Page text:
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  4. I love this post. One of my favorite soups is sunchokes with scallops (from the Four Seasons Cookbook by Margaret Costa, I think). Yummy! We had to leave our sunchoke garden behind when we moved in November; jealous! The scarf is coming along beautifully with all that blue, and libraries, yes, love them. I use mine to test drive knitting books and cookbooks, saves me a fortune. I also love that we can get books from other libraries, pretty much anything you want. And I've started planting my peas on March 17; i guess it's an old New England farmers' thing. Can't wait for May and June. :-)

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    1. I will have to look up the soup recipe. I have never heard of mixing scallops and sunchokes but it sounds really good! I am sorry you had to leave behind your sunchoke garden. Can you plant another one where you are now?

      Cookbooks are the main thing I test from the library. We can get books from any library in our huge regional system, and put in a special request for libraries outside that system. You are right - it saves a fortune!

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  5. The public library is absolutely tops! I no longer buy any books until they've passed the "I'll want to read it again many times" test - which means that I've read a library copy twice.
    -- stashdragon

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    1. I admire your resistance to purchasing books. I wish I had more of it myself! And I agree - the library is the tops!

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  6. Frugal luxuries. I need to think about what I can do that is in the same sort of vein.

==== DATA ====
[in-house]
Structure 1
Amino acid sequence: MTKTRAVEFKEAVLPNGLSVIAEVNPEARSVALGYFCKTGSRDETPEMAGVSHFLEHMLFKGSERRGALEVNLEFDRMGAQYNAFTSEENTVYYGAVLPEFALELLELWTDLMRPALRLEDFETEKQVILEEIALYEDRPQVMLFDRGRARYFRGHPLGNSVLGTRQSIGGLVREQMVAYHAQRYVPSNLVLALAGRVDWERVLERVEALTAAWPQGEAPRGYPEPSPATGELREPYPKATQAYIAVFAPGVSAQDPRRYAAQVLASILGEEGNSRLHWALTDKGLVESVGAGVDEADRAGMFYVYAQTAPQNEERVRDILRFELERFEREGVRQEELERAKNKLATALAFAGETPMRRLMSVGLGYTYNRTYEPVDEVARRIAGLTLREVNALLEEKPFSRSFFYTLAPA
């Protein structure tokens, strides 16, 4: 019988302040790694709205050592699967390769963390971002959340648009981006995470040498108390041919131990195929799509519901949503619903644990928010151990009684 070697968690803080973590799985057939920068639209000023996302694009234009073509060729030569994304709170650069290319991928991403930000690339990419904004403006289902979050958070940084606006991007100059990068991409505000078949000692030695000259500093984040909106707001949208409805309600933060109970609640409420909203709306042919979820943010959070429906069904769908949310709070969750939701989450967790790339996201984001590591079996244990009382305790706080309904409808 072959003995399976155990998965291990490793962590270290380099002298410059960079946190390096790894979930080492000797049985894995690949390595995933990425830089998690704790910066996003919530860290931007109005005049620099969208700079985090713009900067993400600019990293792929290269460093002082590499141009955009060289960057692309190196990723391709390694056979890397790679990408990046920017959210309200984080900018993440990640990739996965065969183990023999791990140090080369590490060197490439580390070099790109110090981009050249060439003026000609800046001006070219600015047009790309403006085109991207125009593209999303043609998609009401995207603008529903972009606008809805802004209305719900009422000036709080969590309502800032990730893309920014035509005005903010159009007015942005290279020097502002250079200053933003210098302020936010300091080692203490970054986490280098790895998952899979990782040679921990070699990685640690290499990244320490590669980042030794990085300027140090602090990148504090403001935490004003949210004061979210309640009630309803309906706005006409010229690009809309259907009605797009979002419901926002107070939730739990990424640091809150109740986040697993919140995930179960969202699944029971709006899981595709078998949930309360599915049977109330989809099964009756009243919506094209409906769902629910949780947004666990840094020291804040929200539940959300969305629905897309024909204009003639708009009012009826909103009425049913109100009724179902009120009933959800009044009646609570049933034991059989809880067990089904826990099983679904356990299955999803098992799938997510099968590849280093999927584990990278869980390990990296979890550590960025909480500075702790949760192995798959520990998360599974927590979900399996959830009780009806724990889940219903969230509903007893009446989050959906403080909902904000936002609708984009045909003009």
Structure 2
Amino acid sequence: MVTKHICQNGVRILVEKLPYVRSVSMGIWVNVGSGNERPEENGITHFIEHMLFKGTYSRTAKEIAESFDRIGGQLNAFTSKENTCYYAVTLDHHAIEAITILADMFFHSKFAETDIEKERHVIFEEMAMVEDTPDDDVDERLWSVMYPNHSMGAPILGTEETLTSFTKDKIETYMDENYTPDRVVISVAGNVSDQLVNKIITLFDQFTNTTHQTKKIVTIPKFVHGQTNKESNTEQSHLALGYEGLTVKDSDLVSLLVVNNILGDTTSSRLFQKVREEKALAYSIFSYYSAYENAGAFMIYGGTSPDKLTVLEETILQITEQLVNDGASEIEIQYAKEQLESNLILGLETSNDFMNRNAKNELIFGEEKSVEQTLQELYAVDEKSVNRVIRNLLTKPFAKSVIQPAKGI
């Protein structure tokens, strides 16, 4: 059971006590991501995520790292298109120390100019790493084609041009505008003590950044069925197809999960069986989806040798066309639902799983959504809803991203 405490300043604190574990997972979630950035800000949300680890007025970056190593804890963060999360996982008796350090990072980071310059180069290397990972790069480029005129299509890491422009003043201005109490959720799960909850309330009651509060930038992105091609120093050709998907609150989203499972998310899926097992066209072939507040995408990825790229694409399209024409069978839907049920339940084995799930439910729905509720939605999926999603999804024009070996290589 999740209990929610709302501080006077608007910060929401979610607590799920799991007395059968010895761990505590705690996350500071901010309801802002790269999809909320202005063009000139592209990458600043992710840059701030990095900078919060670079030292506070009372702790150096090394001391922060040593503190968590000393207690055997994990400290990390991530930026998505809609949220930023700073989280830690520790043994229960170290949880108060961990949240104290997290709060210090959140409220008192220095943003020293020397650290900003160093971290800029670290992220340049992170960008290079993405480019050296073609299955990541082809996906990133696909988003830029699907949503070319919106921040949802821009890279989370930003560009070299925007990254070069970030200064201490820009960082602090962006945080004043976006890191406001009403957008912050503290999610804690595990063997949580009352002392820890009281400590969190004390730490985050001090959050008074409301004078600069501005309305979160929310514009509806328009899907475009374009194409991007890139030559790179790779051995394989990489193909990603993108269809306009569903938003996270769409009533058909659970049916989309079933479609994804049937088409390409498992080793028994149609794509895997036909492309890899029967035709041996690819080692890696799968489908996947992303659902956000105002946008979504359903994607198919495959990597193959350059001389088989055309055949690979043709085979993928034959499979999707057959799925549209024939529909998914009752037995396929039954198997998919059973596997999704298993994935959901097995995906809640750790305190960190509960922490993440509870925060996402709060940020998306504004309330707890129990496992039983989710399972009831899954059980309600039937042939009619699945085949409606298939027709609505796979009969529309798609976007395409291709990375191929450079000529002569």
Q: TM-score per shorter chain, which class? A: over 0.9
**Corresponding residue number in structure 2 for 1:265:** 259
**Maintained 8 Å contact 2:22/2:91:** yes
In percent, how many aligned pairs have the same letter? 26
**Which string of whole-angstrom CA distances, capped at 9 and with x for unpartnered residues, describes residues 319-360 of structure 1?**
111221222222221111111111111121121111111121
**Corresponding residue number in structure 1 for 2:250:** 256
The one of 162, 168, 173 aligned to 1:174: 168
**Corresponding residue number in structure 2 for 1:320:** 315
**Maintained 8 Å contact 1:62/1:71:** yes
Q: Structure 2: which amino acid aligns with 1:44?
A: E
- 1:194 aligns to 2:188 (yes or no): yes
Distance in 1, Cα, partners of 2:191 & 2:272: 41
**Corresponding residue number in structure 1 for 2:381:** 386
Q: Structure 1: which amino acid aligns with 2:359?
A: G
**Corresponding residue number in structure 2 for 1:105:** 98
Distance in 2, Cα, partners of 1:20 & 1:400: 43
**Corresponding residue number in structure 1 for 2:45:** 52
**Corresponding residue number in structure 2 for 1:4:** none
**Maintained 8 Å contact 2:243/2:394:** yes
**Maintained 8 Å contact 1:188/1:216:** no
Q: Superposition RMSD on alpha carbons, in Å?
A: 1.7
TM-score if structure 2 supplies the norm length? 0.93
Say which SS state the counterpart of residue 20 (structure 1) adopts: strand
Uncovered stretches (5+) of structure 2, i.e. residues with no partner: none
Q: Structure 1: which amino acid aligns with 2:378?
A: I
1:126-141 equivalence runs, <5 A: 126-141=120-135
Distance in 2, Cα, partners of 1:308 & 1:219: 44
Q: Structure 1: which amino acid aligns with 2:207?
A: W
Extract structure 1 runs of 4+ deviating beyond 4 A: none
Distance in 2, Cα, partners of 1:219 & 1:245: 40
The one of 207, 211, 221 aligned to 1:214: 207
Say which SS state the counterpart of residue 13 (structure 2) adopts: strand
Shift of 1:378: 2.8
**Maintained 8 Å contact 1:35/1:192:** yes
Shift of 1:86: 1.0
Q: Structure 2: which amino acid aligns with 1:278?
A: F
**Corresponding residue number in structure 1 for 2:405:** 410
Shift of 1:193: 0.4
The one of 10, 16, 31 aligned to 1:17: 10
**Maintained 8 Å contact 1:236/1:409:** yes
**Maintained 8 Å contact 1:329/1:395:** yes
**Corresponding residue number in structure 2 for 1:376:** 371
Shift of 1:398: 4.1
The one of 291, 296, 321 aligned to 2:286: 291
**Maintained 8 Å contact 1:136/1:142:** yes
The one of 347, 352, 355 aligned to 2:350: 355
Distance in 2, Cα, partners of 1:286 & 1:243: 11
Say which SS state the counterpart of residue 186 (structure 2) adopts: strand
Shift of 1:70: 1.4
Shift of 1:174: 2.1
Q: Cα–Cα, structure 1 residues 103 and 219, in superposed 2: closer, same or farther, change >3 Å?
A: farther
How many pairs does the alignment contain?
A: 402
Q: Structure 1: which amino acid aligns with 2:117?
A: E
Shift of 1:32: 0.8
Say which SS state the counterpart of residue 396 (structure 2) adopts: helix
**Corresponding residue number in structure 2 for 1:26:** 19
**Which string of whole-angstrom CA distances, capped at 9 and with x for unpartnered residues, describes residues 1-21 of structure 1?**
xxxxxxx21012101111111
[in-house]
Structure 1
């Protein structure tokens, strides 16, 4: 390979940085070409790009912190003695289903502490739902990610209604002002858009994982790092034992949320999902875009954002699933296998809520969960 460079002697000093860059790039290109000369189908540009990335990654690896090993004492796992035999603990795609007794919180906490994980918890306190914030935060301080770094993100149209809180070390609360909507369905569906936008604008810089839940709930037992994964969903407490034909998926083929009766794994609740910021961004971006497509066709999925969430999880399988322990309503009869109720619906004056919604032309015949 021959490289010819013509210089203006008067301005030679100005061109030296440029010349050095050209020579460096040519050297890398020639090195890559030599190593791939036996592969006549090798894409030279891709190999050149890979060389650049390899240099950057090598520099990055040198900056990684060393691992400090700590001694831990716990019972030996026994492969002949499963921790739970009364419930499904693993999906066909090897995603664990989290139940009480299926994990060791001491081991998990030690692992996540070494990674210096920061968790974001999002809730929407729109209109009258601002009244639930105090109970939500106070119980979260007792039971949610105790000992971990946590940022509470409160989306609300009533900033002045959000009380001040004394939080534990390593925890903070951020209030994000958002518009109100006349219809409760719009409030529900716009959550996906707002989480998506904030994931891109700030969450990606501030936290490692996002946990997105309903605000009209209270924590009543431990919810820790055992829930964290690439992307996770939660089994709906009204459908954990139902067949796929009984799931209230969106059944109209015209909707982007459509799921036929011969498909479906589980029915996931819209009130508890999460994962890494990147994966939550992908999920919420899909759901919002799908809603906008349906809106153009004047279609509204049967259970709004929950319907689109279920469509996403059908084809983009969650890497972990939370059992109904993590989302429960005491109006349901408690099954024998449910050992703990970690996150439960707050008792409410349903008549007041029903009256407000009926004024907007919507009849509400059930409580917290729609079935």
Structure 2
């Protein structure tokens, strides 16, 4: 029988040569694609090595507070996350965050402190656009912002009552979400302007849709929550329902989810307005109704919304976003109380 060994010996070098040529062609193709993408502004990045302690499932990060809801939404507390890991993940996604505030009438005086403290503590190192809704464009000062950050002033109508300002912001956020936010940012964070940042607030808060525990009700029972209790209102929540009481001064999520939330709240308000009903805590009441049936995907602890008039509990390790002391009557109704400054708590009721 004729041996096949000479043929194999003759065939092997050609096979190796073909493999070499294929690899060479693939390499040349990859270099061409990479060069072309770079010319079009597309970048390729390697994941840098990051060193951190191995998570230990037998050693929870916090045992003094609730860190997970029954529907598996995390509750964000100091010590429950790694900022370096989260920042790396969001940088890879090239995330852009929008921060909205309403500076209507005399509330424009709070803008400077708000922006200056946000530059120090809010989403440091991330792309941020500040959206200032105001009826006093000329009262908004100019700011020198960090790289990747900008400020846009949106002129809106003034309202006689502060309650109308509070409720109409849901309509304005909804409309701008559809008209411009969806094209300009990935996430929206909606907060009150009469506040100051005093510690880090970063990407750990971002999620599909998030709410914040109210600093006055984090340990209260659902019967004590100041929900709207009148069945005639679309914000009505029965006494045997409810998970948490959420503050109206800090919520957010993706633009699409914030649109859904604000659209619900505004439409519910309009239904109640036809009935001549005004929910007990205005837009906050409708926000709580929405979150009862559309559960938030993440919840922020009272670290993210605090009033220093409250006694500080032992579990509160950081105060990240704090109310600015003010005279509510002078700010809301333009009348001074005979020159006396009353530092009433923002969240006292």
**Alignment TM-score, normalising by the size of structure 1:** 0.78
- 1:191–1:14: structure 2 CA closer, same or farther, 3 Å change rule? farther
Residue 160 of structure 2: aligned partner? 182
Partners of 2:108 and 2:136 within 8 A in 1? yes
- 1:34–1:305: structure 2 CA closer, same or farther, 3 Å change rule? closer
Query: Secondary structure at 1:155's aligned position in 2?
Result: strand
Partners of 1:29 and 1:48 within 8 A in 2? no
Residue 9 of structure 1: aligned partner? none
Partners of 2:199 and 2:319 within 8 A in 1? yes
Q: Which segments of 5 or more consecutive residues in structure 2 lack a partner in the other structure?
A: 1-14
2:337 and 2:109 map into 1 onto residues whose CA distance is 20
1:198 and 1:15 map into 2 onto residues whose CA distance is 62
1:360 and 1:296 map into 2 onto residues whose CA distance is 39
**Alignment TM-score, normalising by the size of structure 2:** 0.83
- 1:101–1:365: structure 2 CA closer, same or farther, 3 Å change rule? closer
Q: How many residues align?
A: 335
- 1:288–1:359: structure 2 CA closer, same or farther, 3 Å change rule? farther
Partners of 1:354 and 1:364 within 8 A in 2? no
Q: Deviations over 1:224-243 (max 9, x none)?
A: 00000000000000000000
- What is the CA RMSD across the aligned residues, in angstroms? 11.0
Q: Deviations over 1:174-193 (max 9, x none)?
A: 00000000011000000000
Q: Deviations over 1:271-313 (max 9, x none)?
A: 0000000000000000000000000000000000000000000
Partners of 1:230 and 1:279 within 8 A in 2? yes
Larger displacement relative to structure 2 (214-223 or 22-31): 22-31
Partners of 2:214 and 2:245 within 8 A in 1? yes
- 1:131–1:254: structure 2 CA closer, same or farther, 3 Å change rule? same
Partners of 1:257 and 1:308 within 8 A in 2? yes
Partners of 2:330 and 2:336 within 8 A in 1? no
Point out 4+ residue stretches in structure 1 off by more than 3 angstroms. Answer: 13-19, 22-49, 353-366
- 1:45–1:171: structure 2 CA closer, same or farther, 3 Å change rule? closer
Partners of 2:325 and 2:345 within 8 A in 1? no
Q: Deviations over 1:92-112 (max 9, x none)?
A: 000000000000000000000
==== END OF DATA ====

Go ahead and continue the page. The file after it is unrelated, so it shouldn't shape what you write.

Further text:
I have planted my lettuce, chard, and carrots. Playing in the dirt might be one of my frugal luxuries.

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    1. Playing in the dirt is definitely a frugal luxury! I am jealous that you have already been able to plant some seeds!

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  7. I have never heard of a Jerusalem artichoke?!? What does it taste like? I'm envisioning a potato but maybe closer to a turnip or parsnip maybe? I think pulling something out the garden in March would be a satisfying experience.

    Your sky scarf is looking so great...I've been thinking more and more about starting one. Now that I'm learning to dye yarn, it seems the perfect excuse to play with blues and greys!

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    1. Hmmm...It is hard to describe the flavour. It isn't anything like a turnip or a parsnip. it is very mild.

      The sky scarf would be perfect for using hand dyed yarn. If you do that be sure you dye plenty of the colours you will be using . It would be very hard to match the dyes with a second batch.

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  8. OK my post has disappeared twice now, after I've thought I've posted it!! I've forgotten what I even said at this point. Something about wanting to plant my peas, and wishing you good breezes in spring both literally and figuratively....

    Sigh. Third times the charm?

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    1. The third time was a charm! I am surprised you haven't been able to plant your peas yet. You will for sure be able to get them in sooner than me. And thanks for the good breezes wish. We could definitely use some around here. :-)

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    2. Down in Victoria the peas would already be in, but up here we're a little colder and a little wetter! Probably a week or so out still. Another big storm this morning!

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  9. Just catching up here Kristie. I'm not a huge fan of Jerusalem artichokes but those look delicious, and sooooo fresh. Libraries, along with book shops, and yarn shops of course, are amongst my favourite places. A good book, a coffee and a cupcake, with knitting to follow ... it sounds perfect, you've put a smile on my day :D

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    1. I have to agree with you about the Jerusalem artichokes. I don't like them well enough to buy them in the store, but freshly dug out of the garden makes them acceptable. I think the thrill of being able to harvest something in March helps the flavour along!